178

I have two tables where column [date] is type of DATETIME2(0).

I have to compare two records only by theirs Date parts (day+month+year), discarding Time parts (hours+minutes+seconds).

How can I do that?

6 Answers 6

300

Use the CAST to the new DATE data type in SQL Server 2008 to compare just the date portion:

IF CAST(DateField1 AS DATE) = CAST(DateField2 AS DATE)
0
64

A small drawback in Marc's answer is that both datefields have been typecast, meaning you'll be unable to leverage any indexes.

So, if there is a need to write a query that can benefit from an index on a date field, then the following (rather convoluted) approach is necessary.

  • The indexed datefield (call it DF1) must be untouched by any kind of function.
  • So you have to compare DF1 to the full range of datetime values for the day of DF2.
  • That is from the date-part of DF2, to the date-part of the day after DF2.
  • I.e. (DF1 >= CAST(DF2 AS DATE)) AND (DF1 < DATEADD(dd, 1, CAST(DF2 AS DATE)))
  • NOTE: It is very important that the comparison is >= (equality allowed) to the date of DF2, and (strictly) < the day after DF2. Also the BETWEEN operator doesn't work because it permits equality on both sides.

PS: Another means of extracting the date only (in older versions of SQL Server) is to use a trick of how the date is represented internally.

  • Cast the date as a float.
  • Truncate the fractional part
  • Cast the value back to a datetime
  • I.e. CAST(FLOOR(CAST(DF2 AS FLOAT)) AS DATETIME)
0
8

Though I upvoted the answer marked as correct. I wanted to touch on a few things for anyone stumbling upon this.

In general, if you're filtering specifically on Date values alone. Microsoft recommends using the language neutral format of ymd or y-m-d.

Note that the form '2007-02-12' is considered language-neutral only for the data types DATE, DATETIME2, and DATETIMEOFFSET.

To do a date comparison using the aforementioned approach is simple. Consider the following, contrived example.

--112 is ISO format 'YYYYMMDD'
declare @filterDate char(8) = CONVERT(char(8), GETDATE(), 112)

select 
    * 
from 
    Sales.Orders
where
    CONVERT(char(8), OrderDate, 112) = @filterDate

In a perfect world, performing any manipulation to the filtered column should be avoided because this can prevent SQL Server from using indexes efficiently. That said, if the data you're storing is only ever concerned with the date and not time, consider storing as DATETIME with midnight as the time. Because:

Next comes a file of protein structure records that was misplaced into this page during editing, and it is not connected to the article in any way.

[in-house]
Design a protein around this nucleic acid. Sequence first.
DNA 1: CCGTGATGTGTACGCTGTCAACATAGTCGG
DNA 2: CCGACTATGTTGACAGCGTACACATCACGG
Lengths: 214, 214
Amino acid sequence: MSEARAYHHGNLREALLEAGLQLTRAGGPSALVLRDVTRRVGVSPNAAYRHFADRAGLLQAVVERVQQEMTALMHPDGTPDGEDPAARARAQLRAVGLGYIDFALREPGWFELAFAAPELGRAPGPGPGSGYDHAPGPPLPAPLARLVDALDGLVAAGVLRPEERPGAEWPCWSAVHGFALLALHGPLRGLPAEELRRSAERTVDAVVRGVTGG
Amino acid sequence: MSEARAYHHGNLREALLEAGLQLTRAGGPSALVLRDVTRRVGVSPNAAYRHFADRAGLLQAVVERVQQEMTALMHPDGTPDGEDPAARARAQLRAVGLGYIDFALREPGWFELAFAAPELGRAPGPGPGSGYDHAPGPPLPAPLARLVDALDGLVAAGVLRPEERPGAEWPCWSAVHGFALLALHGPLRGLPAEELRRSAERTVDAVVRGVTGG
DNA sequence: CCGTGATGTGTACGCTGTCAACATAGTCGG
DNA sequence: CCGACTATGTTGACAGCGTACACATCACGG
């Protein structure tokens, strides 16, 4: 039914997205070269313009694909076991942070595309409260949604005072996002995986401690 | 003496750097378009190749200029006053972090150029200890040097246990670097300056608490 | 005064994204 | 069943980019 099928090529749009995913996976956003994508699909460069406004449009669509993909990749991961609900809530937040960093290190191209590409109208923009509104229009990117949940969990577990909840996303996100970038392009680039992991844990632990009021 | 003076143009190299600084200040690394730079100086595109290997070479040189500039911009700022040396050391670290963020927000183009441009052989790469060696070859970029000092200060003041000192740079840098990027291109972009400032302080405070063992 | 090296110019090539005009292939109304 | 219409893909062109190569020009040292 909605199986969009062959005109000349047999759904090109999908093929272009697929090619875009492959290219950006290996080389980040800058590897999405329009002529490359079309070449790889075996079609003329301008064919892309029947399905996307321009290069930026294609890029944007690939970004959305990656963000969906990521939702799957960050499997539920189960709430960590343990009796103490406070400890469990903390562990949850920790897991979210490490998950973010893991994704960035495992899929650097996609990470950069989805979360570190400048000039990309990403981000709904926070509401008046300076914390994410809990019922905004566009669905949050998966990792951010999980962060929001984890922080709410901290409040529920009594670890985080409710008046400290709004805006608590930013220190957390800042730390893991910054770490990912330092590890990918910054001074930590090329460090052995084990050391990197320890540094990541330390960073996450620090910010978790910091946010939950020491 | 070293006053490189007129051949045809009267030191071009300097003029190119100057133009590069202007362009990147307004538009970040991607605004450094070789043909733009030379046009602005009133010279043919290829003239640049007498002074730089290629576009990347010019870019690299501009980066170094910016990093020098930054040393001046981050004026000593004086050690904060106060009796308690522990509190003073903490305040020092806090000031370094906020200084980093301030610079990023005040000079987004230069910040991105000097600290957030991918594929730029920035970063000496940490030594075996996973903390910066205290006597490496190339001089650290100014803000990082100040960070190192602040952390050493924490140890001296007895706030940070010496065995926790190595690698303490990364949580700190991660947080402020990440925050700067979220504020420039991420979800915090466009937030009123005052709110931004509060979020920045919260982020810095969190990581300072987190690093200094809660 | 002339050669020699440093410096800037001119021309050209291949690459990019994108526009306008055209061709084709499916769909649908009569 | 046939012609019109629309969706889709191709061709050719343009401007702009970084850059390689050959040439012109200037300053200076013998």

When SQL Server converts the literal to the filtered column’s type, it assumes midnight when a time part isn’t indicated. If you want such a filter to return all rows from the specified date, you need to ensure that you store all values with midnight as the time.

Thus, assuming you are only concerned with date, and store your data as such. The above query can be simplified to:

--112 is ISO format 'YYYYMMDD'
declare @filterDate char(8) = CONVERT(char(8), GETDATE(), 112)

select 
    * 
from 
    Sales.Orders
where
    OrderDate = @filterDate
7

You can try this one

CONVERT(DATE, GETDATE()) = CONVERT(DATE,'2017-11-16 21:57:20.000')

I test that for MS SQL 2014 by following code

select case when CONVERT(DATE, GETDATE()) = CONVERT(DATE,'2017-11-16 21:57:20.000') then 'ok'
            else '' end
4

You may use DateDiff and compare by day.

DateDiff(dd,@date1,@date2) > 0

It means @date2 > @date1

For example :

select DateDiff(dd, '01/01/2021 10:20:00', '02/01/2021 10:20:00') 

has the result : 1

-3

For Compare two date like MM/DD/YYYY to MM/DD/YYYY . Remember First thing column type of Field must be dateTime. Example : columnName : payment_date dataType : DateTime .

after that you can easily compare it. Query is :

select  *  from demo_date where date >= '3/1/2015' and date <=  '3/31/2015'.

It very simple ...... It tested it.....

7
  • This does not quite answer the question. It queries for a month, not a day. Commented Jul 21, 2016 at 21:16
  • For your March query: If the date is '3/31/2015' time 13:00, it will not be found. You should use < '4/1/2015'. Commented Jul 21, 2016 at 21:16
  • Also consider using international date format '2015-03-01'. In Canada (and many other places), an official format is DD/MM/YYYY which makes both formats ambiguous and problematic. Commented Jul 21, 2016 at 21:20
  • This answer does not deal with 2 tables, as requested in the question. Commented Jul 22, 2016 at 17:06
  • Yes i m agree ,but i m just proving solution not international solution.. you have to change some order ...
    – pankaj
    Commented Jul 23, 2016 at 13:43

Your Answer

By clicking “Post Your Answer”, you agree to our terms of service and acknowledge you have read our privacy policy.

Not the answer you're looking for? Browse other questions tagged or ask your own question.